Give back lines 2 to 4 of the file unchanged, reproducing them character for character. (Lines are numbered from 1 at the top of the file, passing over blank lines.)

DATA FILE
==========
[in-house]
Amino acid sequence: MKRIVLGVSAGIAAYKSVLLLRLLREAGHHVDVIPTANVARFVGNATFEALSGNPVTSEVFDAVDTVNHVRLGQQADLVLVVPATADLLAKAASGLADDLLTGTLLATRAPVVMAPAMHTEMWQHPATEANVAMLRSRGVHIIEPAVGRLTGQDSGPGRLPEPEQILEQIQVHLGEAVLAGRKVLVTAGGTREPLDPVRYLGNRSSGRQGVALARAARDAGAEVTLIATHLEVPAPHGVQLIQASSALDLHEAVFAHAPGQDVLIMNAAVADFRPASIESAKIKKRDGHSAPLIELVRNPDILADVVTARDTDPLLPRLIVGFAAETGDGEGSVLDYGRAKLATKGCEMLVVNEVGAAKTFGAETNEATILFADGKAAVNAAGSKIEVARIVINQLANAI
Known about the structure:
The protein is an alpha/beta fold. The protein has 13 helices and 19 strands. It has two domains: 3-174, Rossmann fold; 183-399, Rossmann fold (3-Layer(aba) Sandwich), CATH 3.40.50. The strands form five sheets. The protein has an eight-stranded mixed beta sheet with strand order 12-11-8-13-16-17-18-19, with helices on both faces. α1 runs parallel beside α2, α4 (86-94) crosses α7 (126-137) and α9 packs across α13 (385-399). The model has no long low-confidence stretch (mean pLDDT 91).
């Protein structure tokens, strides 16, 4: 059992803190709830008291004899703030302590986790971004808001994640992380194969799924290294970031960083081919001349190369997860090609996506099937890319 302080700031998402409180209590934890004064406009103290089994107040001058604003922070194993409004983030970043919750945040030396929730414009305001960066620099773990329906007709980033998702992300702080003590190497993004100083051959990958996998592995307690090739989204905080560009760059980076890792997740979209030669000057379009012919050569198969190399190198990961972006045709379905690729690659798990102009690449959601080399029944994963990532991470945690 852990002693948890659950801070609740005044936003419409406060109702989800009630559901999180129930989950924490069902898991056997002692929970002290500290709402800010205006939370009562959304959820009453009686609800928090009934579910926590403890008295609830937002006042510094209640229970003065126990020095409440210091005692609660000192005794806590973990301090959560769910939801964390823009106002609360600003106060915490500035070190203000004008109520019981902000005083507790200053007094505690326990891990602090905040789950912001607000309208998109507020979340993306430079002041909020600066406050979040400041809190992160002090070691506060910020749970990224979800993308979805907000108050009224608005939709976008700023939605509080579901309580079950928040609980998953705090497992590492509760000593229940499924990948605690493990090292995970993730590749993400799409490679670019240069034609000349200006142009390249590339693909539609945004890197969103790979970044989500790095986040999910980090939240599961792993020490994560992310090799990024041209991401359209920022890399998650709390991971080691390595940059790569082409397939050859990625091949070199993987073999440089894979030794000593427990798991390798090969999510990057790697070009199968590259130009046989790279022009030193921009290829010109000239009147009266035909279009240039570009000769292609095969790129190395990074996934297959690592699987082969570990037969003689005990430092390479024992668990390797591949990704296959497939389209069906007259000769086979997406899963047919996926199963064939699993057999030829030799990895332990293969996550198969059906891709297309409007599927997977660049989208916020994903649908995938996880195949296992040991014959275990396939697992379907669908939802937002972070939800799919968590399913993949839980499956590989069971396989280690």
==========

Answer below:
Amino acid sequence: MKRIVLGVSAGIAAYKSVLLLRLLREAGHHVDVIPTANVARFVGNATFEALSGNPVTSEVFDAVDTVNHVRLGQQADLVLVVPATADLLAKAASGLADDLLTGTLLATRAPVVMAPAMHTEMWQHPATEANVAMLRSRGVHIIEPAVGRLTGQDSGPGRLPEPEQILEQIQVHLGEAVLAGRKVLVTAGGTREPLDPVRYLGNRSSGRQGVALARAARDAGAEVTLIATHLEVPAPHGVQLIQASSALDLHEAVFAHAPGQDVLIMNAAVADFRPASIESAKIKKRDGHSAPLIELVRNPDILADVVTARDTDPLLPRLIVGFAAETGDGEGSVLDYGRAKLATKGCEMLVVNEVGAAKTFGAETNEATILFADGKAAVNAAGSKIEVARIVINQLANAI
Known about the structure:
The protein is an alpha/beta fold. The protein has 13 helices and 19 strands. It has two domains: 3-174, Rossmann fold; 183-399, Rossmann fold (3-Layer(aba) Sandwich), CATH 3.40.50. The strands form five sheets. The protein has an eight-stranded mixed beta sheet with strand order 12-11-8-13-16-17-18-19, with helices on both faces. α1 runs parallel beside α2, α4 (86-94) crosses α7 (126-137) and α9 packs across α13 (385-399). The model has no long low-confidence stretch (mean pLDDT 91).